Generation 2 virtual machines (VMs) have been available in Hyper-V since Windows Server 2012 R2 and they provide several important features that weren’t supported by generation 1 VMs, including SCSI disk interfaces, PXE boot using a standard network adapter, UEFI instead of a legacy BIOS, Secure Boot, support for virtual Trusted Platform Modules (vTPMs), disk sizes greater than 2TB, and more.
Gen 2 Virtual Machines Pros and Cons
While the public preview of Azure Confidential Computing, Microsoft’s implementation of trusted execution environments (TEEs), uses gen 2 VMs, this is the first time you can provision your own gen 2 VMs in Azure. Azure gen 2 virtual machines provide several advantages over their gen 1 counterparts, primarily a UEFI-based boot architecture, increased memory and OS disk size limits, Intel Software Guard Extensions (SGX), and virtual persistent memory (vPMEM).
But there are also some caveats. The first is that gen 2 VMs are in preview and are not supported or recommended for use in production environments. Azure gen 2 VMs don’t support all the features provided by Windows Server Hyper-V gen 2 VMs. At least not yet. You don’t get the following features at the time of writing:
- Secure Boot
- Shielded VM
- Virtualization-Based Security (VBS)
- VDHX format
Microsoft says that it will look to add features to Azure gen 2 VMs in the future based on customer feedback. Furthermore, there are some Azure features that you don’t get with gen 2 VMs at the moment:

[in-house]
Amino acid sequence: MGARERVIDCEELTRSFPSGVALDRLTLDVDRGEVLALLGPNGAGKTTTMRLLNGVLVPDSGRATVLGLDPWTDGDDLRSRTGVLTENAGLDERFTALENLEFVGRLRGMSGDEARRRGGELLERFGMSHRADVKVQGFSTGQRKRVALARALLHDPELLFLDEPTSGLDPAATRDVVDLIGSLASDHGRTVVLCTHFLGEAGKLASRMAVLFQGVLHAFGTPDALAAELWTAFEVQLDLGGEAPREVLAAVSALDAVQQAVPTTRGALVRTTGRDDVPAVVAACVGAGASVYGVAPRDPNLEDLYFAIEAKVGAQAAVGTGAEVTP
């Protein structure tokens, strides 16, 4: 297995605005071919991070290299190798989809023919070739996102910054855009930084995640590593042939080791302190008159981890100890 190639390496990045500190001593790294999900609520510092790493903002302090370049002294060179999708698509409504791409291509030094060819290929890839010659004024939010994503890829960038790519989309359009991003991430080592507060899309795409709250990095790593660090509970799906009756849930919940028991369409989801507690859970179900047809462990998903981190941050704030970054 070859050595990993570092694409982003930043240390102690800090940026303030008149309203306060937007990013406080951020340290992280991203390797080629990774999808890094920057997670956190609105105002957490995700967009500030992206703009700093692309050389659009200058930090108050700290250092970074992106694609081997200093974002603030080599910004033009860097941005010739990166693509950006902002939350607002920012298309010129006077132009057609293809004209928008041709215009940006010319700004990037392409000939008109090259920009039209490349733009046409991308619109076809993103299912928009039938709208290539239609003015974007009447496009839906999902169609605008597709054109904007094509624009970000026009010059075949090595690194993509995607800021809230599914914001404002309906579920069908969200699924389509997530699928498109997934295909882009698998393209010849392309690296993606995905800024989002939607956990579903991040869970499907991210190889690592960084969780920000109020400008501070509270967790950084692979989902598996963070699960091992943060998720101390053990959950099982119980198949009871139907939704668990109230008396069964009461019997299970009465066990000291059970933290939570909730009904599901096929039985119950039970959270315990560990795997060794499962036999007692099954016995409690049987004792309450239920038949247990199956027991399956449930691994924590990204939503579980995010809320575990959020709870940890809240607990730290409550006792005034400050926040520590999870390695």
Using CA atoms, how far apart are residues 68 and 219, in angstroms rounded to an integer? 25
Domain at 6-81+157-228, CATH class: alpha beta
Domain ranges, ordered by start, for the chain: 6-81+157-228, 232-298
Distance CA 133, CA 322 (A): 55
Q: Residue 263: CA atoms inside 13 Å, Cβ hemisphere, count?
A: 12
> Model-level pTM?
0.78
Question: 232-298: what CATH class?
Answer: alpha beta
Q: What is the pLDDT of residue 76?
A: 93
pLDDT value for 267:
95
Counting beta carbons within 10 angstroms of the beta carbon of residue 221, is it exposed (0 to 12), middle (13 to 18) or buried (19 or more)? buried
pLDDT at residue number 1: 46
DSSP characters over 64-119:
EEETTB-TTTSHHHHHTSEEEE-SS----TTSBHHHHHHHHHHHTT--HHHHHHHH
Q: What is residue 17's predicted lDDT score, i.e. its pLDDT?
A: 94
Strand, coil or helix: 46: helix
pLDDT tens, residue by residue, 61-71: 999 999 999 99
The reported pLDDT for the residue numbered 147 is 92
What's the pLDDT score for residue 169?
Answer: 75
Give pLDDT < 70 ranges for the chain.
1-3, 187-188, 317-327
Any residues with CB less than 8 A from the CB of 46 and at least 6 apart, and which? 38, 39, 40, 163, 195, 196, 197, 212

- Azure Site Recovery
- VM Backup
- Shared Image Gallery
- Azure Disk Encryption
And finally, only premium storage VM sizes are supported by gen 2 VMs.
Provisioning Gen 2 Azure Virtual Machines
You can deploy gen 2 VMs from the Azure management portal or command line using Marketplace images that support UEFI boot, including all Datacenter versions of Windows Server from 2012 to 2019 on the following VM sizes with premium storage:
- Dsv2-series and Dsv3-series
- Ls-series and Lsv2-series
The Windows Server Marketplace images that support gen 2 VMs are suffixed with ‘-gen2’. For instance, the Windows Server 2019 Datacenter image for gen 2 VMs is called ‘2019-datacenter-gen2’. Gen 2 images aren’t offered by default when creating VMs in the Azure management portal, so you’ll need to search for them in the Marketplace by clicking Browse all public and private images on the Basics tab.
Microsoft says that most current versions of Linux and FreeBSD are also supported but it doesn’t state exactly which versions.
If you select a gen 2 Marketplace image when provisioning a VM, you’ll see the generation setting is automatically selected on the Advanced tab in the management portal.
Enabling New Technologies in Azure
Generation 2 VMs have been a long time coming to Azure. It’s likely that Microsoft is looking at expanding support for gen 2 VMs now to enable features for advanced scenarios that require technologies like Intel SGX, and to improve migration scenarios where in the past organizations wanting to ‘lift and shift’ Hyper-V VMs to the Azure cloud had to use Azure Site Recovery to replicate and convert Hyper-V gen 1 VMs to gen 2 VMs.
For more information on using gen 2 Azure VMs, see Microsoft’s website here.